December 1, 2022
Vernal pools are considered ephemeral wetlands—they are areas that are only flooded during the wetter seasons, normally winter and spring. During summer and fall, most if not all of the standing water will evaporate.
These dynamic habitats are home to several animal and plant species that rely on the changing conditions to survive and reproduce. For example, some amphibians rely on these small, temporary bodies of water in order to lay their eggs in an environment free from predators such as fish.
You can learn more about vernal pools by visiting some these websites:
Parker River National Wildlife Refuge is located on Plum Island, a barrier island along the coast of northern Massachusetts. The mix of habitats—including salt marsh, salt pannes, maritime shrubland, and beach dunes—makes the location especially important for migratory birds. One of the main focuses of the Refuge is to restore habitats and ecosystems to be more resilient to climate change, particularly for salt marshes in the Great Marsh.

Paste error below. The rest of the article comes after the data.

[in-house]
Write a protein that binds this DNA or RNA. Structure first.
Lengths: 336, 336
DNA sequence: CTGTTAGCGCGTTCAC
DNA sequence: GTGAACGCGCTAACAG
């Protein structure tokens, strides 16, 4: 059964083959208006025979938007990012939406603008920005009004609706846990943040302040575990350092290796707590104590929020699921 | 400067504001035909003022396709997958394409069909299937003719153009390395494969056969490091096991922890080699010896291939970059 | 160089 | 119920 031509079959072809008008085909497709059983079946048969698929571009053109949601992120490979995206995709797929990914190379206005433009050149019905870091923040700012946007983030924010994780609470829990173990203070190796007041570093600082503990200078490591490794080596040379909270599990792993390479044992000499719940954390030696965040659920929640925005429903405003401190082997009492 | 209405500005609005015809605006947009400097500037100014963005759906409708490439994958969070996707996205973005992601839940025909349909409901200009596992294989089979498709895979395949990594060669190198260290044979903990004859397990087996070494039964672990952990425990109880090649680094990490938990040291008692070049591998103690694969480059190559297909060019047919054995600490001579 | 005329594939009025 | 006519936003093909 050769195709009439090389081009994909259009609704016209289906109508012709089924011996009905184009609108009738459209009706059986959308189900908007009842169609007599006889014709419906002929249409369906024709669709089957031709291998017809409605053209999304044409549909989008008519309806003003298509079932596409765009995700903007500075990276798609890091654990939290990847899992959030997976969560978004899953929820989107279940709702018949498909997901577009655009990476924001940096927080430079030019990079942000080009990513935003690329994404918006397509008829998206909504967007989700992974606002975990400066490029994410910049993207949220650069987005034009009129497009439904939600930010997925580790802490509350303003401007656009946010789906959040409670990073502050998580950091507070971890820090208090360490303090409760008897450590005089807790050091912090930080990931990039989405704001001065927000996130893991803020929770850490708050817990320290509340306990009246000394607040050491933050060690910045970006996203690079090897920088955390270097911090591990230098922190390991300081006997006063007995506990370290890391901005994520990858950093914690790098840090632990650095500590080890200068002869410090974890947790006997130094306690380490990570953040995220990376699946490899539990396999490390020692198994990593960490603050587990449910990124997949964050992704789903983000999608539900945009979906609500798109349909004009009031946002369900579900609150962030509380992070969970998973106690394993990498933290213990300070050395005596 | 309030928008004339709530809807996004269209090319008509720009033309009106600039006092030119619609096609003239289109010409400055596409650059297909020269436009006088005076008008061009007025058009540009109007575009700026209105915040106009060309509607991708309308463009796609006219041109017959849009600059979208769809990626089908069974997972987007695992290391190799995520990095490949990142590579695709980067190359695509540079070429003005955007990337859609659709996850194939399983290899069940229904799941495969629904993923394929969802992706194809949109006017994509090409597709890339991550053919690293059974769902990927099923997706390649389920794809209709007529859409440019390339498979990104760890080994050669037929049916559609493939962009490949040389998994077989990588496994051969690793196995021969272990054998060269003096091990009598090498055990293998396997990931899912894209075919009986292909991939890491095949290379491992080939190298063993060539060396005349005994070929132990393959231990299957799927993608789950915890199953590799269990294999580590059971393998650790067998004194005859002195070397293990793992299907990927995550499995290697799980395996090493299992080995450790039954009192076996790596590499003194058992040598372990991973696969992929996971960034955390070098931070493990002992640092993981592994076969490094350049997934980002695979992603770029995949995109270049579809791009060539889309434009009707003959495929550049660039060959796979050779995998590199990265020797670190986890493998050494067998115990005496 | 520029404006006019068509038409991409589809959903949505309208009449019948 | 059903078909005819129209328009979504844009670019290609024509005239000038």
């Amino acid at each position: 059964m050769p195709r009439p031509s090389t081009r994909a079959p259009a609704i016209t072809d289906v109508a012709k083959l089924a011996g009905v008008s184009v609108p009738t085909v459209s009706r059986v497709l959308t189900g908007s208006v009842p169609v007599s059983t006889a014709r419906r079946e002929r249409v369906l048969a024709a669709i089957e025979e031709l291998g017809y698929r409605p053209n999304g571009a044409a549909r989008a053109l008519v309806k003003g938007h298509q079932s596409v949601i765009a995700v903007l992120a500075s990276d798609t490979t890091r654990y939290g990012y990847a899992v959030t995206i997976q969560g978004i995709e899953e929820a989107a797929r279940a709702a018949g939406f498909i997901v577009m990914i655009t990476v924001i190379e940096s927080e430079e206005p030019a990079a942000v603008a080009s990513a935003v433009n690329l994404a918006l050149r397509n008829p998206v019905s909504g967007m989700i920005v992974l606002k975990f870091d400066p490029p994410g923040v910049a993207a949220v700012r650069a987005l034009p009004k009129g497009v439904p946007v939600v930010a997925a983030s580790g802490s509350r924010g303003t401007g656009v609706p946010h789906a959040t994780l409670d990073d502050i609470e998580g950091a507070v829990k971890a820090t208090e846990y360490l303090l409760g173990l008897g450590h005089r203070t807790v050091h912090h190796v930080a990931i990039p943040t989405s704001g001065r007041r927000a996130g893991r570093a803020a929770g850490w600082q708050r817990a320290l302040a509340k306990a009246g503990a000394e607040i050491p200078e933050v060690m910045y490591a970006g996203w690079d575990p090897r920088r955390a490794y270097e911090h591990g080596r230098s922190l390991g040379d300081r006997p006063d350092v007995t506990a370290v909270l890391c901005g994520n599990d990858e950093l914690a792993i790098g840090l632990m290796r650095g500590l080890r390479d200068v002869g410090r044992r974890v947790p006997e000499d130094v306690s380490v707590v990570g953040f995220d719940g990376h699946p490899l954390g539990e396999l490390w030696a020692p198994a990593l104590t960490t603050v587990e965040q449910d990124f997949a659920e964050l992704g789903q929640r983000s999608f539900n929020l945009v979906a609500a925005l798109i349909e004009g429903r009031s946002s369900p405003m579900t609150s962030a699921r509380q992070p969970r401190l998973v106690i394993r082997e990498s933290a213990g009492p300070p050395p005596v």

Great Bay National Wildlife Refuge is oak hickory forest with many forested wetland and tidal estuary tucked inland just west of Portsmouth, New Hampshire. Here, fresh riverine waters meet salty oceanic waters allowing a wide variety of plant and animal life to flourish. The Refuge is another important stopping ground for migrating birds to feed, shelter, and in some cases breed.
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